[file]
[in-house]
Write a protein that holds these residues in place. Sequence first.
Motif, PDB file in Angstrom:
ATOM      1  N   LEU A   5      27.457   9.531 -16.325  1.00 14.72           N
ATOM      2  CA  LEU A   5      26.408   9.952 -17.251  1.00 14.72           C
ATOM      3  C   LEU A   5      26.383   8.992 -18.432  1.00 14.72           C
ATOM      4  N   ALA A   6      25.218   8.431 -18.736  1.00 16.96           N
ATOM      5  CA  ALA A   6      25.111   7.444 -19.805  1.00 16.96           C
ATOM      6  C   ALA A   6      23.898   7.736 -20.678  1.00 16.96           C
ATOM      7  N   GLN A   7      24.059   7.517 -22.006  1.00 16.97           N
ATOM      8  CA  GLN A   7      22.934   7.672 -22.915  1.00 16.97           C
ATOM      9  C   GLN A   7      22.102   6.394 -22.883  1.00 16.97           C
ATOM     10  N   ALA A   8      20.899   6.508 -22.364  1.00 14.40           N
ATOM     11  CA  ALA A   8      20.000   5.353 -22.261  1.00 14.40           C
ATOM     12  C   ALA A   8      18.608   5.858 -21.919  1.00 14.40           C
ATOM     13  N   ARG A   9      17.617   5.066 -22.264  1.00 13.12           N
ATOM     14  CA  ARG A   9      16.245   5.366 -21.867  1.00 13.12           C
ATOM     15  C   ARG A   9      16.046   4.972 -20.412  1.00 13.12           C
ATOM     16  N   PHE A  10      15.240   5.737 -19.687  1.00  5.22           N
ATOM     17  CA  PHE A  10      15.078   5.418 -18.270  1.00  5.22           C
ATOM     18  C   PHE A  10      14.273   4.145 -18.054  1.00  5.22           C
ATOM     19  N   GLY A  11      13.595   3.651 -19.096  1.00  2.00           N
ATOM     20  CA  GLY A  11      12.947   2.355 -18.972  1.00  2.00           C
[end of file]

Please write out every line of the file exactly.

[in-house]
Write a protein that holds these residues in place. Sequence first.
Motif, PDB file in Angstrom:
ATOM      1  N   LEU A   5      27.457   9.531 -16.325  1.00 14.72           N
ATOM      2  CA  LEU A   5      26.408   9.952 -17.251  1.00 14.72           C
ATOM      3  C   LEU A   5      26.383   8.992 -18.432  1.00 14.72           C
ATOM      4  N   ALA A   6      25.218   8.431 -18.736  1.00 16.96           N
ATOM      5  CA  ALA A   6      25.111   7.444 -19.805  1.00 16.96           C
ATOM      6  C   ALA A   6      23.898   7.736 -20.678  1.00 16.96           C
ATOM      7  N   GLN A   7      24.059   7.517 -22.006  1.00 16.97           N
ATOM      8  CA  GLN A   7      22.934   7.672 -22.915  1.00 16.97           C
ATOM      9  C   GLN A   7      22.102   6.394 -22.883  1.00 16.97           C
ATOM     10  N   ALA A   8      20.899   6.508 -22.364  1.00 14.40           N
ATOM     11  CA  ALA A   8      20.000   5.353 -22.261  1.00 14.40           C
ATOM     12  C   ALA A   8      18.608   5.858 -21.919  1.00 14.40           C
ATOM     13  N   ARG A   9      17.617   5.066 -22.264  1.00 13.12           N
ATOM     14  CA  ARG A   9      16.245   5.366 -21.867  1.00 13.12           C
ATOM     15  C   ARG A   9      16.046   4.972 -20.412  1.00 13.12           C
ATOM     16  N   PHE A  10      15.240   5.737 -19.687  1.00  5.22           N
ATOM     17  CA  PHE A  10      15.078   5.418 -18.270  1.00  5.22           C
ATOM     18  C   PHE A  10      14.273   4.145 -18.054  1.00  5.22           C
ATOM     19  N   GLY A  11      13.595   3.651 -19.096  1.00  2.00           N
ATOM     20  CA  GLY A  11      12.947   2.355 -18.972  1.00  2.00           C